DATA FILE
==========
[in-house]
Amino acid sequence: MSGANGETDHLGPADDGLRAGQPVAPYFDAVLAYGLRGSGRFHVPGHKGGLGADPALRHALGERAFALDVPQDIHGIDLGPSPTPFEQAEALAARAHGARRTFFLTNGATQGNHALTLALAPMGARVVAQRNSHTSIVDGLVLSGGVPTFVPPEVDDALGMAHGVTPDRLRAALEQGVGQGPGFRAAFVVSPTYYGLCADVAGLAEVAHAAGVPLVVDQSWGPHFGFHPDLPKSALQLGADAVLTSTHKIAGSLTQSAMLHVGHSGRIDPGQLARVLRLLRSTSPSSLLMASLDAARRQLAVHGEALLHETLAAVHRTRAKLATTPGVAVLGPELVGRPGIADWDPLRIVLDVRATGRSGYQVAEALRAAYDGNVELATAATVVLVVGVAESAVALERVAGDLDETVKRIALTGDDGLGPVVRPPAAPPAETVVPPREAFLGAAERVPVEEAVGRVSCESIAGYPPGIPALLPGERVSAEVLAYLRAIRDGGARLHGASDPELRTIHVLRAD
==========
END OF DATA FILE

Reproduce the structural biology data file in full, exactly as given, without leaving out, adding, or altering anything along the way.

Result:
[in-house]
Amino acid sequence: MSGANGETDHLGPADDGLRAGQPVAPYFDAVLAYGLRGSGRFHVPGHKGGLGADPALRHALGERAFALDVPQDIHGIDLGPSPTPFEQAEALAARAHGARRTFFLTNGATQGNHALTLALAPMGARVVAQRNSHTSIVDGLVLSGGVPTFVPPEVDDALGMAHGVTPDRLRAALEQGVGQGPGFRAAFVVSPTYYGLCADVAGLAEVAHAAGVPLVVDQSWGPHFGFHPDLPKSALQLGADAVLTSTHKIAGSLTQSAMLHVGHSGRIDPGQLARVLRLLRSTSPSSLLMASLDAARRQLAVHGEALLHETLAAVHRTRAKLATTPGVAVLGPELVGRPGIADWDPLRIVLDVRATGRSGYQVAEALRAAYDGNVELATAATVVLVVGVAESAVALERVAGDLDETVKRIALTGDDGLGPVVRPPAAPPAETVVPPREAFLGAAERVPVEEAVGRVSCESIAGYPPGIPALLPGERVSAEVLAYLRAIRDGGARLHGASDPELRTIHVLRAD